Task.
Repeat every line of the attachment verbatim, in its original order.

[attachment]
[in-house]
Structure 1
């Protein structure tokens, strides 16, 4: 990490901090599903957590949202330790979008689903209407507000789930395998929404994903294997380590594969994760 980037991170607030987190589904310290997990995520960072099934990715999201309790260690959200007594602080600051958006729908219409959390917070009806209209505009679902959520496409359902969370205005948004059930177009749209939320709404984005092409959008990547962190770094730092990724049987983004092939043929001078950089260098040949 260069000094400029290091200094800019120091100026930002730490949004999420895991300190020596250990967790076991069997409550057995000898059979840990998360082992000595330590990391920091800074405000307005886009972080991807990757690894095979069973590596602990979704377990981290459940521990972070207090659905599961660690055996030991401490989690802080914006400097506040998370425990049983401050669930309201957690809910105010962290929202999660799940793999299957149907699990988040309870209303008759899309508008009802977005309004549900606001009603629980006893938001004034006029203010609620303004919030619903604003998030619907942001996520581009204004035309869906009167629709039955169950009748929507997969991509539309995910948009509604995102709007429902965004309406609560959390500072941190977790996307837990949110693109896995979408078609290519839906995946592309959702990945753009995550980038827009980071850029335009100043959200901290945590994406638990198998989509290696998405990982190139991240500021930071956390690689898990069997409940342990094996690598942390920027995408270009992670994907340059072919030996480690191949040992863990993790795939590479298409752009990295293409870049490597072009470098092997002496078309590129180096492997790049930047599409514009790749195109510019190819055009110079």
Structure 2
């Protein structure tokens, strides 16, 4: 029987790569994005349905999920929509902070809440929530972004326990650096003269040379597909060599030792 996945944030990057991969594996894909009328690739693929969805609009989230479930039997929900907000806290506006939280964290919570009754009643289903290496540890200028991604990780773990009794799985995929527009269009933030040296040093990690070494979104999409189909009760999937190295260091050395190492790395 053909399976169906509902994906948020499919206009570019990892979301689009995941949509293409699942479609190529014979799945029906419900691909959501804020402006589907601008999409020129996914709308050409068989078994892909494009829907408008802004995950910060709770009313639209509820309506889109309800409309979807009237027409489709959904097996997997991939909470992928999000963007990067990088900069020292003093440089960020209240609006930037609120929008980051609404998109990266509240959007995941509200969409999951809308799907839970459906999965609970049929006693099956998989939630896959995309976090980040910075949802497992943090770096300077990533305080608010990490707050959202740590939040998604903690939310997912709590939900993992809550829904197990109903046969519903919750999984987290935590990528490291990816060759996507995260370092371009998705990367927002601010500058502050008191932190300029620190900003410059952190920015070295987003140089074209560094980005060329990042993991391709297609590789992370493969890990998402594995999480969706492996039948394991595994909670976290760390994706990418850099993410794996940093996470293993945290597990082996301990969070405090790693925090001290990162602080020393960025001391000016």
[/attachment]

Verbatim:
[in-house]
Structure 1
């Protein structure tokens, strides 16, 4: 990490901090599903957590949202330790979008689903209407507000789930395998929404994903294997380590594969994760 980037991170607030987190589904310290997990995520960072099934990715999201309790260690959200007594602080600051958006729908219409959390917070009806209209505009679902959520496409359902969370205005948004059930177009749209939320709404984005092409959008990547962190770094730092990724049987983004092939043929001078950089260098040949 260069000094400029290091200094800019120091100026930002730490949004999420895991300190020596250990967790076991069997409550057995000898059979840990998360082992000595330590990391920091800074405000307005886009972080991807990757690894095979069973590596602990979704377990981290459940521990972070207090659905599961660690055996030991401490989690802080914006400097506040998370425990049983401050669930309201957690809910105010962290929202999660799940793999299957149907699990988040309870209303008759899309508008009802977005309004549900606001009603629980006893938001004034006029203010609620303004919030619903604003998030619907942001996520581009204004035309869906009167629709039955169950009748929507997969991509539309995910948009509604995102709007429902965004309406609560959390500072941190977790996307837990949110693109896995979408078609290519839906995946592309959702990945753009995550980038827009980071850029335009100043959200901290945590994406638990198998989509290696998405990982190139991240500021930071956390690689898990069997409940342990094996690598942390920027995408270009992670994907340059072919030996480690191949040992863990993790795939590479298409752009990295293409870049490597072009470098092997002496078309590129180096492997790049930047599409514009790749195109510019190819055009110079």
Structure 2
């Protein structure tokens, strides 16, 4: 029987790569994005349905999920929509902070809440929530972004326990650096003269040379597909060599030792 996945944030990057991969594996894909009328690739693929969805609009989230479930039997929900907000806290506006939280964290919570009754009643289903290496540890200028991604990780773990009794799985995929527009269009933030040296040093990690070494979104999409189909009760999937190295260091050395190492790395 053909399976169906509902994906948020499919206009570019990892979301689009995941949509293409699942479609190529014979799945029906419900691909959501804020402006589907601008999409020129996914709308050409068989078994892909494009829907408008802004995950910060709770009313639209509820309506889109309800409309979807009237027409489709959904097996997997991939909470992928999000963007990067990088900069020292003093440089960020209240609006930037609120929008980051609404998109990266509240959007995941509200969409999951809308799907839970459906999965609970049929006693099956998989939630896959995309976090980040910075949802497992943090770096300077990533305080608010990490707050959202740590939040998604903690939310997912709590939900993992809550829904197990109903046969519903919750999984987290935590990528490291990816060759996507995260370092371009998705990367927002601010500058502050008191932190300029620190900003410059952190920015070295987003140089074209560094980005060329990042993991391709297609590789992370493969890990998402594995999480969706492996039948394991595994909670976290760390994706990418850099993410794996940093996470293993945290597990082996301990969070405090790693925090001290990162602080020393960025001391000016």